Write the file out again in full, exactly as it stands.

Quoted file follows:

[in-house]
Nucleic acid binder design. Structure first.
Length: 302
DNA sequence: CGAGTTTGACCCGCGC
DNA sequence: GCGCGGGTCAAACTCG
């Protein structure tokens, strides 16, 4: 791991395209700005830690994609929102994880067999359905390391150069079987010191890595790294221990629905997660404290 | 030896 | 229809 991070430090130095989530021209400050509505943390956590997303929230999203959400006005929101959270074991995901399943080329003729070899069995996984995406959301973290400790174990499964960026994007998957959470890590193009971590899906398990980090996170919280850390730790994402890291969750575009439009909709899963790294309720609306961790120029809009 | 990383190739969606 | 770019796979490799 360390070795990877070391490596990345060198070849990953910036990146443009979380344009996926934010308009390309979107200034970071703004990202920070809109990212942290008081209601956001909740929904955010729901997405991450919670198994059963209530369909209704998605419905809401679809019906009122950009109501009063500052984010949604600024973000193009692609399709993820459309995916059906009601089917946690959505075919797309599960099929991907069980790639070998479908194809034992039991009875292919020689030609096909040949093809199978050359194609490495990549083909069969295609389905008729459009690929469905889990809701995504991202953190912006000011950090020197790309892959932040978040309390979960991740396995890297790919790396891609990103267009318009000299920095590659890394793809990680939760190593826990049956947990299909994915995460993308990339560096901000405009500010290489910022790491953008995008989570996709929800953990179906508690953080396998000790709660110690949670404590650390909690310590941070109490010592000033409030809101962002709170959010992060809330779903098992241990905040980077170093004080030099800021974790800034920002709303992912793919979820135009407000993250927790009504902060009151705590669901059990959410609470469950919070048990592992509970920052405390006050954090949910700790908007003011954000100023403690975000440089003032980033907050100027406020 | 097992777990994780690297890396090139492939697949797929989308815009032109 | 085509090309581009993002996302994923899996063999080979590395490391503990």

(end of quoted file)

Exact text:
[in-house]
Nucleic acid binder design. Structure first.
Length: 302
DNA sequence: CGAGTTTGACCCGCGC
DNA sequence: GCGCGGGTCAAACTCG
């Protein structure tokens, strides 16, 4: 791991395209700005830690994609929102994880067999359905390391150069079987010191890595790294221990629905997660404290 | 030896 | 229809 991070430090130095989530021209400050509505943390956590997303929230999203959400006005929101959270074991995901399943080329003729070899069995996984995406959301973290400790174990499964960026994007998957959470890590193009971590899906398990980090996170919280850390730790994402890291969750575009439009909709899963790294309720609306961790120029809009 | 990383190739969606 | 770019796979490799 360390070795990877070391490596990345060198070849990953910036990146443009979380344009996926934010308009390309979107200034970071703004990202920070809109990212942290008081209601956001909740929904955010729901997405991450919670198994059963209530369909209704998605419905809401679809019906009122950009109501009063500052984010949604600024973000193009692609399709993820459309995916059906009601089917946690959505075919797309599960099929991907069980790639070998479908194809034992039991009875292919020689030609096909040949093809199978050359194609490495990549083909069969295609389905008729459009690929469905889990809701995504991202953190912006000011950090020197790309892959932040978040309390979960991740396995890297790919790396891609990103267009318009000299920095590659890394793809990680939760190593826990049956947990299909994915995460993308990339560096901000405009500010290489910022790491953008995008989570996709929800953990179906508690953080396998000790709660110690949670404590650390909690310590941070109490010592000033409030809101962002709170959010992060809330779903098992241990905040980077170093004080030099800021974790800034920002709303992912793919979820135009407000993250927790009504902060009151705590669901059990959410609470469950919070048990592992509970920052405390006050954090949910700790908007003011954000100023403690975000440089003032980033907050100027406020 | 097992777990994780690297890396090139492939697949797929989308815009032109 | 085509090309581009993002996302994923899996063999080979590395490391503990």